Rant alert, you have been warned.
We’re nearing the end of WWDC 2022, the most exciting, exhausting, and distracting week for people working on Apple platforms.
Like the previous two editions, the conference was on-line only, with the exception of a Special Event at Apple Park on Monday 6th.
If you were there this year, or at the previous in-person editions, I hope you had fun. If you didn’t get a chance to go, I hope you don’t feel sorry for yourself.
Your quality as a developer has nothing to do with how many WWDCs you attended.
Of course, there’s a sense of community that only attending an in-person event can give you. But there are other ways to be part of the community if that’s what you want. For example, you can join the conversations that shape Swift in the forums, be helpful on StackOverflow, or contribute to an open-source project.
And anyway, being “an active member” of the community is not necessary to be good at your job. I met countless ace developers with no Twitter following or even a blog. Scott Hanselman calls them dark matter developers.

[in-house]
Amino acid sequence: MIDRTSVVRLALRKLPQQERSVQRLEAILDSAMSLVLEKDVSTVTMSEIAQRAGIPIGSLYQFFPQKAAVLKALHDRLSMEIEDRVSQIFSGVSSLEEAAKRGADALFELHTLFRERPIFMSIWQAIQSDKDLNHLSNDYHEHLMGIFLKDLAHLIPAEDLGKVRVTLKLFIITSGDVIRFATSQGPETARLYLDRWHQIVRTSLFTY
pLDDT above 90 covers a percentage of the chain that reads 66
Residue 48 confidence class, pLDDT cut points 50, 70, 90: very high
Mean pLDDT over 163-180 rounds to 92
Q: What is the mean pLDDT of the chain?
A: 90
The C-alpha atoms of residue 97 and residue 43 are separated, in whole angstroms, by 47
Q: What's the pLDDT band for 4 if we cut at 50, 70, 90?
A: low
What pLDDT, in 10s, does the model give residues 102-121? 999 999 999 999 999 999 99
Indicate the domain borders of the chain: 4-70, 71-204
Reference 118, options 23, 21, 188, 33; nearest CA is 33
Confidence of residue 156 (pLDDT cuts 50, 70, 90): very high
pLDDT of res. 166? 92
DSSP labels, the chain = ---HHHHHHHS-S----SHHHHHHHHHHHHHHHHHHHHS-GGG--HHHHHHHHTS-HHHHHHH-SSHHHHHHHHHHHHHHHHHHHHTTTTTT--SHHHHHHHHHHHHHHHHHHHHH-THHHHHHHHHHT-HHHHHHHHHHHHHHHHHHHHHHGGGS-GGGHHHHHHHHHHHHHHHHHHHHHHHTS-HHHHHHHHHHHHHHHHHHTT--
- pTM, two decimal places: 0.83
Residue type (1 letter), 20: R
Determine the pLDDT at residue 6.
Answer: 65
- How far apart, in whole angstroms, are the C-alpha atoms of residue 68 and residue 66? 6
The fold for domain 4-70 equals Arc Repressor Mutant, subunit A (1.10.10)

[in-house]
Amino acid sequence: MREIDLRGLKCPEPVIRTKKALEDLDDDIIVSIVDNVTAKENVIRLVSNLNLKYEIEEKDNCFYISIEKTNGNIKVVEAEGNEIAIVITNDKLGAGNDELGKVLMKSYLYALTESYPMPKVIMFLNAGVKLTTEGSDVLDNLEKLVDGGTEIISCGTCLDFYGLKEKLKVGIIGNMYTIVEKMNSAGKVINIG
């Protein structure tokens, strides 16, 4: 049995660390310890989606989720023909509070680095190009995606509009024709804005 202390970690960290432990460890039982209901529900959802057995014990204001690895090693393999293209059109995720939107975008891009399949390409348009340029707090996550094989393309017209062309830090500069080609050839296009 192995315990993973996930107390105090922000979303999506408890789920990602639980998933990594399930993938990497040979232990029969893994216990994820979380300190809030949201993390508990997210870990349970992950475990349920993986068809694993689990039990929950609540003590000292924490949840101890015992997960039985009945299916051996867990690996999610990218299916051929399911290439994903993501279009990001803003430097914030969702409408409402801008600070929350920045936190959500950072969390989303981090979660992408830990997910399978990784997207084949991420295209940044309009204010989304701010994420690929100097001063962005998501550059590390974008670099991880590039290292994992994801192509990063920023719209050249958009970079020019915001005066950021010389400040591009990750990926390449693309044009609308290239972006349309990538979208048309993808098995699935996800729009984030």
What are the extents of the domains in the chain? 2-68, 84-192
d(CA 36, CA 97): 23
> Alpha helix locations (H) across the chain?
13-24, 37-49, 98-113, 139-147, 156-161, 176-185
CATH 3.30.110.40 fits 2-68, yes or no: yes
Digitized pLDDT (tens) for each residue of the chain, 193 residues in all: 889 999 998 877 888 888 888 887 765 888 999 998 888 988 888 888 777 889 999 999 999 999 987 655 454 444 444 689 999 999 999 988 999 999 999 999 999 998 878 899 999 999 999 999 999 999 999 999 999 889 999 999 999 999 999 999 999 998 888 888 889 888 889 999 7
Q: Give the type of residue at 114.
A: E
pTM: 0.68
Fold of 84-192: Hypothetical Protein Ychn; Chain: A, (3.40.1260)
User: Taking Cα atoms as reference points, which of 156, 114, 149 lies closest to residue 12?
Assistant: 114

They don’t read a lot of blogs, they never write blogs, they don’t go to user groups, they don’t tweet or facebook, and you don’t often see them at large conferences. […]
Where are the dark matter developers? Probably getting work done. […]
They use mature products that are well-known, well-tested and well-understood. They aren’t chasing the latest beta or pushing any limits, they are just producing. (Or they are just totally chilling and punching out at 5:01pm, but I like to think they are producing.) Point is, we need to find a balance between those of us online yelling and tweeting and pushing towards the Next Big Thing and those that are unseen and patient and focused on the business problem at hand.
I might be coming across as overly critical about WWDC. I’m sour Apple found the time to implement emoji dictation but couldn’t add the dot command in Xcode’s Vim Mode and I’m venting out this way.
So, just to be clear: WWDC is great! It’s the event for Apple platform developers. If you don’t go, you are missing out. But what you miss out on has little to do with what makes you a good developer, your commitment to improving, or the value you bring to your users and employer.
Here’s a secret: I never went to WWDC. Maybe that means I don’t have the right to pontificate about it. Or, maybe, I’m the living example you don’t need to attend to be a good developer. Here I am, having worked for a whole decade as an iOS developer, with enough expertise to get a deal for a book deal with a major publisher.
You are under no obligation to do a yearly pilgrimage to San Jose.
Don’t feel bad about yourself if you don’t have WWDC selfies to share on Twitter, the time to run the Xcode beta, or a spare device on which to install iOS 16. That’s not how the value you bring to the world gets measured.